Mesquite Flat Sand Dunes
Death Valley National Park, California
The Mesquite Flat Sand Dunes – Contrary to people’s preconceived idea of a desert, less than one percent of Death Valley National Park is actually covered in sand dunes throughout five different locations. For sand dunes to exist, it takes a supply of sand, strong winds, and then something to slow that wind and drop the sand.
The Mesquite Flat Sand Dunes have been formed by the eroding sand, most likely the Cottonwood Mountains which lie to the north and northwest, being carried by strong winds down the valley from the north until they hit the bulk of the Tucki Mountain towering above the Stovepipe Wells area. Although the highest dune in the Mesquite Flat Sand Dunes rises only about 100 feet, the dunes cover a vast area stretching about 14-mile across. This dune field includes three types of dunes: crescent, linear, and star shaped. Polygon-cracked clay of an ancient lakebed forms the floor. Mesquite trees have created large hummocks that provide stable habitats for wildlife.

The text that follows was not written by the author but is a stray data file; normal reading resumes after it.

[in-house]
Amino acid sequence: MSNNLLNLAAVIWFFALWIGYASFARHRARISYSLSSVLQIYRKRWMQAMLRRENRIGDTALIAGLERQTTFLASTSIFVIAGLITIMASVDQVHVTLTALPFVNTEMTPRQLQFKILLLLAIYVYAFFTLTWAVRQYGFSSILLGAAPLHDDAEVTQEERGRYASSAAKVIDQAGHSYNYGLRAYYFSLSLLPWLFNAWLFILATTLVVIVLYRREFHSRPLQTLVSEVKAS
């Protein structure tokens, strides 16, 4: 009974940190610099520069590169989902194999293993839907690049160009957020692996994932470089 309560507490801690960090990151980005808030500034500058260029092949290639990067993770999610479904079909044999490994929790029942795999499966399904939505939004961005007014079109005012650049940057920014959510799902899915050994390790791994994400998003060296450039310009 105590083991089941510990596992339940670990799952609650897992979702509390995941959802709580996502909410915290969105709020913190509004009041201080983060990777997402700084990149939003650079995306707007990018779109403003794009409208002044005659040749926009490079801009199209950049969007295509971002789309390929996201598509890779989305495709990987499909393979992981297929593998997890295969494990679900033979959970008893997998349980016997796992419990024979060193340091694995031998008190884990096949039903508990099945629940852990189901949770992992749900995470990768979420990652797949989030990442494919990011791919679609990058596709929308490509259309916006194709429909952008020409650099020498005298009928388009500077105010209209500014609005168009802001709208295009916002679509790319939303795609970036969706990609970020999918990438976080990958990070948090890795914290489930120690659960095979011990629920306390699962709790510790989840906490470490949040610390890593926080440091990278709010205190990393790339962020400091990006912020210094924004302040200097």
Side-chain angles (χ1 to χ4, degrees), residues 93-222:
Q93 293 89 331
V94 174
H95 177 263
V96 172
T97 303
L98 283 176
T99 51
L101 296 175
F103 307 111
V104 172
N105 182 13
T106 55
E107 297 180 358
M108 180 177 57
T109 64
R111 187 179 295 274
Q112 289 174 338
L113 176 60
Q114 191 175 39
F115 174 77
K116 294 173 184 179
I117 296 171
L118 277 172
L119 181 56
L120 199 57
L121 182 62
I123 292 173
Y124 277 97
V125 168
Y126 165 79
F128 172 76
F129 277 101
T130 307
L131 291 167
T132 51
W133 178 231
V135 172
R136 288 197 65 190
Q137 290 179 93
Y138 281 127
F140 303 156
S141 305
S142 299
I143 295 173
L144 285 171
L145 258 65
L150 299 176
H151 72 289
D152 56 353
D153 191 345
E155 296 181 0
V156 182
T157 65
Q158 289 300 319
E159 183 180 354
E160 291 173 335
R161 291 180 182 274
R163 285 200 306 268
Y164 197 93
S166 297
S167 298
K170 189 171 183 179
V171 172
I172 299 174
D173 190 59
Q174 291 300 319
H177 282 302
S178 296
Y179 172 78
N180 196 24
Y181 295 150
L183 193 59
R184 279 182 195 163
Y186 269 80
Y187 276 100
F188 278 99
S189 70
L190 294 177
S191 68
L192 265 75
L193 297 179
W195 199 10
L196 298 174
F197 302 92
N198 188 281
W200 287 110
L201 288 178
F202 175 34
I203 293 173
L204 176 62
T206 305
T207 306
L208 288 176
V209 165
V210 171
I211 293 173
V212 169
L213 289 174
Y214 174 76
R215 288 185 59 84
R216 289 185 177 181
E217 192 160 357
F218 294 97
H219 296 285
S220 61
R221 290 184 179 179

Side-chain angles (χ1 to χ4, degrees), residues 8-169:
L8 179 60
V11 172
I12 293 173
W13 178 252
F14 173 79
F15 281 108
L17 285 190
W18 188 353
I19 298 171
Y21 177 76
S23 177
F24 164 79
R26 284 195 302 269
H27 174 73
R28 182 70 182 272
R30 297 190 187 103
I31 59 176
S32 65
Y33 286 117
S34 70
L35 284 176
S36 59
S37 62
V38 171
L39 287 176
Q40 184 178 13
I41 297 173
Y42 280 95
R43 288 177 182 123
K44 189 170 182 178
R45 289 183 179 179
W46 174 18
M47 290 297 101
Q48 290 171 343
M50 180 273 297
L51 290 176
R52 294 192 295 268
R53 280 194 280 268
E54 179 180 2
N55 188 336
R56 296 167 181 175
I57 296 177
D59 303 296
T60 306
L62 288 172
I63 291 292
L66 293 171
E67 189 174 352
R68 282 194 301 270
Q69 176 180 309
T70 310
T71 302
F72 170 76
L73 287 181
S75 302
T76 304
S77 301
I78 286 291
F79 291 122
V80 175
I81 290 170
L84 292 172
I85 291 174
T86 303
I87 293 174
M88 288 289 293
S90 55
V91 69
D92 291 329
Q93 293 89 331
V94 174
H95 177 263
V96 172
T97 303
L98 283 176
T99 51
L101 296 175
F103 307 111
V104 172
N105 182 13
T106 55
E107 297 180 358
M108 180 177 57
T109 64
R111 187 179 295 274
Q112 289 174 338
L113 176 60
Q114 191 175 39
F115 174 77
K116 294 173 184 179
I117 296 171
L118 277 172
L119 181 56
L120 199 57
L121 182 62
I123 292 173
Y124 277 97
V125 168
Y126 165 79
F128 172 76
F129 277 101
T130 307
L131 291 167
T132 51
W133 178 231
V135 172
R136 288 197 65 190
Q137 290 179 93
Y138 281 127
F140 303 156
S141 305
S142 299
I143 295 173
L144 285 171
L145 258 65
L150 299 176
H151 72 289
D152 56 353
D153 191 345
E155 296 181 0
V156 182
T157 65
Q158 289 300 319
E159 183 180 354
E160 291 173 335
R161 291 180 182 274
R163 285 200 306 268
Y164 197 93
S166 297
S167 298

So nice, I had to go back the next morning too…